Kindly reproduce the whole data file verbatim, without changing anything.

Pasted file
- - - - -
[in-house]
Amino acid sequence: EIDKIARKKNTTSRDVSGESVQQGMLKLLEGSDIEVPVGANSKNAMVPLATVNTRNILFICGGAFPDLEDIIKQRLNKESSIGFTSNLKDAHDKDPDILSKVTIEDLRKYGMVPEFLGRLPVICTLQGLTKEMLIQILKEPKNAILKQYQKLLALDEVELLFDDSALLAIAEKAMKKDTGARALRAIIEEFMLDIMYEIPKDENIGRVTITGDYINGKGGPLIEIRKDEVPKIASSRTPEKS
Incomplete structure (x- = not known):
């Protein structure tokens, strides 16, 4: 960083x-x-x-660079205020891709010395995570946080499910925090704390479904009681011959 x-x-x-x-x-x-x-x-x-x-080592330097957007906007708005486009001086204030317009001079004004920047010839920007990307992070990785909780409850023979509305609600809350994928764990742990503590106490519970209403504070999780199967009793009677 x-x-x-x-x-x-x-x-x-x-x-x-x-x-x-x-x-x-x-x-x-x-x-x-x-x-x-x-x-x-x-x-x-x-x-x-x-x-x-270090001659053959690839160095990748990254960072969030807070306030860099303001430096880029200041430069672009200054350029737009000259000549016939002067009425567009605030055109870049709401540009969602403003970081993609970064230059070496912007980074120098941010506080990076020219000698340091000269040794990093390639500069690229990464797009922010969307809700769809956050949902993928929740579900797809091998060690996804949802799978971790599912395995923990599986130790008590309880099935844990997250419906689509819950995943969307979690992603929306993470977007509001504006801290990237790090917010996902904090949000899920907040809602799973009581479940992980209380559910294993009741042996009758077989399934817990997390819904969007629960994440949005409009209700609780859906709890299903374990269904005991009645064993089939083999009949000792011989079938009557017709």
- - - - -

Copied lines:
[in-house]
Amino acid sequence: EIDKIARKKNTTSRDVSGESVQQGMLKLLEGSDIEVPVGANSKNAMVPLATVNTRNILFICGGAFPDLEDIIKQRLNKESSIGFTSNLKDAHDKDPDILSKVTIEDLRKYGMVPEFLGRLPVICTLQGLTKEMLIQILKEPKNAILKQYQKLLALDEVELLFDDSALLAIAEKAMKKDTGARALRAIIEEFMLDIMYEIPKDENIGRVTITGDYINGKGGPLIEIRKDEVPKIASSRTPEKS
Incomplete structure (x- = not known):
């Protein structure tokens, strides 16, 4: 960083x-x-x-660079205020891709010395995570946080499910925090704390479904009681011959 x-x-x-x-x-x-x-x-x-x-080592330097957007906007708005486009001086204030317009001079004004920047010839920007990307992070990785909780409850023979509305609600809350994928764990742990503590106490519970209403504070999780199967009793009677 x-x-x-x-x-x-x-x-x-x-x-x-x-x-x-x-x-x-x-x-x-x-x-x-x-x-x-x-x-x-x-x-x-x-x-x-x-x-x-270090001659053959690839160095990748990254960072969030807070306030860099303001430096880029200041430069672009200054350029737009000259000549016939002067009425567009605030055109870049709401540009969602403003970081993609970064230059070496912007980074120098941010506080990076020219000698340091000269040794990093390639500069690229990464797009922010969307809700769809956050949902993928929740579900797809091998060690996804949802799978971790599912395995923990599986130790008590309880099935844990997250419906689509819950995943969307979690992603929306993470977007509001504006801290990237790090917010996902904090949000899920907040809602799973009581479940992980209380559910294993009741042996009758077989399934817990997390819904969007629960994440949005409009209700609780859906709890299903374990269904005991009645064993089939083999009949000792011989079938009557017709």